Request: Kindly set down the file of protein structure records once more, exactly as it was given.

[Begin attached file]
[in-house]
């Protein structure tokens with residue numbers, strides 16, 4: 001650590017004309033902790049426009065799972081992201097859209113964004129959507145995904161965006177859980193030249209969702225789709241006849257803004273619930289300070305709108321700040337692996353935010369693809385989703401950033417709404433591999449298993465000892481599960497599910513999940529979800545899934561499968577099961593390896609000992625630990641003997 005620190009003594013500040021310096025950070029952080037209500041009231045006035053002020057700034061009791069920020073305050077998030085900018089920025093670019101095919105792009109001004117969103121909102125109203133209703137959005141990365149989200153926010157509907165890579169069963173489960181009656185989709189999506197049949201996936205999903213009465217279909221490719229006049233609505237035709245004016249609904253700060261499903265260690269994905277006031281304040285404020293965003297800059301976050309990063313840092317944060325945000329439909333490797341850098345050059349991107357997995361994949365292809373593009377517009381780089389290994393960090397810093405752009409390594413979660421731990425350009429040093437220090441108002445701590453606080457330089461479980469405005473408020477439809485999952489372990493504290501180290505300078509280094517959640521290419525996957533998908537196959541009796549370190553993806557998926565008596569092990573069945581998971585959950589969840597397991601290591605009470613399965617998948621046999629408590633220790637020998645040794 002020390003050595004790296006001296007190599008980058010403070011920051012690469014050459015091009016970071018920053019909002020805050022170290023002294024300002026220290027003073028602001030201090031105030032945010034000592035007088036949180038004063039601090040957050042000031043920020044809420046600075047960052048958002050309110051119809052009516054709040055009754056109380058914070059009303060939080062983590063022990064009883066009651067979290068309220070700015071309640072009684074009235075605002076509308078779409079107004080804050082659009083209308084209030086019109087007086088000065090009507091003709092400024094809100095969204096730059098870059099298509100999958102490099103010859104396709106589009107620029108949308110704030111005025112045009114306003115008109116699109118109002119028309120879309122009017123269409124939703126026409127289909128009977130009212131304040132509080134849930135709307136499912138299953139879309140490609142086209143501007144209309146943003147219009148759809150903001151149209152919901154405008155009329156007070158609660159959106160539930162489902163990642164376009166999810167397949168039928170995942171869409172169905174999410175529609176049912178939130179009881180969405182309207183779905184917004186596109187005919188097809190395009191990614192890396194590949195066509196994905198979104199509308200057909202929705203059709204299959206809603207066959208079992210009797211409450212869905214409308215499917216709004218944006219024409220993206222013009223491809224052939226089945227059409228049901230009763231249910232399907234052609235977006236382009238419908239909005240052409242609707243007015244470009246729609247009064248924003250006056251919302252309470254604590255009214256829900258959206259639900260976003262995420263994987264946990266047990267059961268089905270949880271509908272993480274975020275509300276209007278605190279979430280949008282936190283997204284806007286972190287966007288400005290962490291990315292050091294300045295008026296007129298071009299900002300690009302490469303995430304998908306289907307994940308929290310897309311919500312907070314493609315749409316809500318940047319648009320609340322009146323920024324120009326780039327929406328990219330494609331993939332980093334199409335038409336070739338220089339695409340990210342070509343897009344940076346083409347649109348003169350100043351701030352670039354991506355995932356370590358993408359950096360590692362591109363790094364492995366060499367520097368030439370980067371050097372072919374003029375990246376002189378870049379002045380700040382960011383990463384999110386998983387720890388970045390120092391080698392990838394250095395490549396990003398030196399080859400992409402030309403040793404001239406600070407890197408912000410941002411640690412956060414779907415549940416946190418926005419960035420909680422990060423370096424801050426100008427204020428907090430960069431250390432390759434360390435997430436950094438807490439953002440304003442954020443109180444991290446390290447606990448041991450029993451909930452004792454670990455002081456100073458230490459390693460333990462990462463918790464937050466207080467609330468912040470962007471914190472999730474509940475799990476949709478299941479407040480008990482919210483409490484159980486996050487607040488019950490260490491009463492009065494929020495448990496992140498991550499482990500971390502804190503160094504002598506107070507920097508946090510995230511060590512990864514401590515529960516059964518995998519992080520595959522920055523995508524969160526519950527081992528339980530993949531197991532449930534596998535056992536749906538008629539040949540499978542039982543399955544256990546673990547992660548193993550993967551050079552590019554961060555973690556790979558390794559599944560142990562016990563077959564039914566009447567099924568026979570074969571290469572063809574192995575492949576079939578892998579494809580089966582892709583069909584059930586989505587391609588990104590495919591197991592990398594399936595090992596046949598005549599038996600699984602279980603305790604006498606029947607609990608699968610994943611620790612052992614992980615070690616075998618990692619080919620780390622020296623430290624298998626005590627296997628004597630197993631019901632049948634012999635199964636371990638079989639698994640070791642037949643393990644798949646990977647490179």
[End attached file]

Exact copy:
[in-house]
């Protein structure tokens with residue numbers, strides 16, 4: 001650590017004309033902790049426009065799972081992201097859209113964004129959507145995904161965006177859980193030249209969702225789709241006849257803004273619930289300070305709108321700040337692996353935010369693809385989703401950033417709404433591999449298993465000892481599960497599910513999940529979800545899934561499968577099961593390896609000992625630990641003997 005620190009003594013500040021310096025950070029952080037209500041009231045006035053002020057700034061009791069920020073305050077998030085900018089920025093670019101095919105792009109001004117969103121909102125109203133209703137959005141990365149989200153926010157509907165890579169069963173489960181009656185989709189999506197049949201996936205999903213009465217279909221490719229006049233609505237035709245004016249609904253700060261499903265260690269994905277006031281304040285404020293965003297800059301976050309990063313840092317944060325945000329439909333490797341850098345050059349991107357997995361994949365292809373593009377517009381780089389290994393960090397810093405752009409390594413979660421731990425350009429040093437220090441108002445701590453606080457330089461479980469405005473408020477439809485999952489372990493504290501180290505300078509280094517959640521290419525996957533998908537196959541009796549370190553993806557998926565008596569092990573069945581998971585959950589969840597397991601290591605009470613399965617998948621046999629408590633220790637020998645040794 002020390003050595004790296006001296007190599008980058010403070011920051012690469014050459015091009016970071018920053019909002020805050022170290023002294024300002026220290027003073028602001030201090031105030032945010034000592035007088036949180038004063039601090040957050042000031043920020044809420046600075047960052048958002050309110051119809052009516054709040055009754056109380058914070059009303060939080062983590063022990064009883066009651067979290068309220070700015071309640072009684074009235075605002076509308078779409079107004080804050082659009083209308084209030086019109087007086088000065090009507091003709092400024094809100095969204096730059098870059099298509100999958102490099103010859104396709106589009107620029108949308110704030111005025112045009114306003115008109116699109118109002119028309120879309122009017123269409124939703126026409127289909128009977130009212131304040132509080134849930135709307136499912138299953139879309140490609142086209143501007144209309146943003147219009148759809150903001151149209152919901154405008155009329156007070158609660159959106160539930162489902163990642164376009166999810167397949168039928170995942171869409172169905174999410175529609176049912178939130179009881180969405182309207183779905184917004186596109187005919188097809190395009191990614192890396194590949195066509196994905198979104199509308200057909202929705203059709204299959206809603207066959208079992210009797211409450212869905214409308215499917216709004218944006219024409220993206222013009223491809224052939226089945227059409228049901230009763231249910232399907234052609235977006236382009238419908239909005240052409242609707243007015244470009246729609247009064248924003250006056251919302252309470254604590255009214256829900258959206259639900260976003262995420263994987264946990266047990267059961268089905270949880271509908272993480274975020275509300276209007278605190279979430280949008282936190283997204284806007286972190287966007288400005290962490291990315292050091294300045295008026296007129298071009299900002300690009302490469303995430304998908306289907307994940308929290310897309311919500312907070314493609315749409316809500318940047319648009320609340322009146323920024324120009326780039327929406328990219330494609331993939332980093334199409335038409336070739338220089339695409340990210342070509343897009344940076346083409347649109348003169350100043351701030352670039354991506355995932356370590358993408359950096360590692362591109363790094364492995366060499367520097368030439370980067371050097372072919374003029375990246376002189378870049379002045380700040382960011383990463384999110386998983387720890388970045390120092391080698392990838394250095395490549396990003398030196399080859400992409402030309403040793404001239406600070407890197408912000410941002411640690412956060414779907415549940416946190418926005419960035420909680422990060423370096424801050426100008427204020428907090430960069431250390432390759434360390435997430436950094438807490439953002440304003442954020443109180444991290446390290447606990448041991450029993451909930452004792454670990455002081456100073458230490459390693460333990462990462463918790464937050466207080467609330468912040470962007471914190472999730474509940475799990476949709478299941479407040480008990482919210483409490484159980486996050487607040488019950490260490491009463492009065494929020495448990496992140498991550499482990500971390502804190503160094504002598506107070507920097508946090510995230511060590512990864514401590515529960516059964518995998519992080520595959522920055523995508524969160526519950527081992528339980530993949531197991532449930534596998535056992536749906538008629539040949540499978542039982543399955544256990546673990547992660548193993550993967551050079552590019554961060555973690556790979558390794559599944560142990562016990563077959564039914566009447567099924568026979570074969571290469572063809574192995575492949576079939578892998579494809580089966582892709583069909584059930586989505587391609588990104590495919591197991592990398594399936595090992596046949598005549599038996600699984602279980603305790604006498606029947607609990608699968610994943611620790612052992614992980615070690616075998618990692619080919620780390622020296623430290624298998626005590627296997628004597630197993631019901632049948634012999635199964636371990638079989639698994640070791642037949643393990644798949646990977647490179």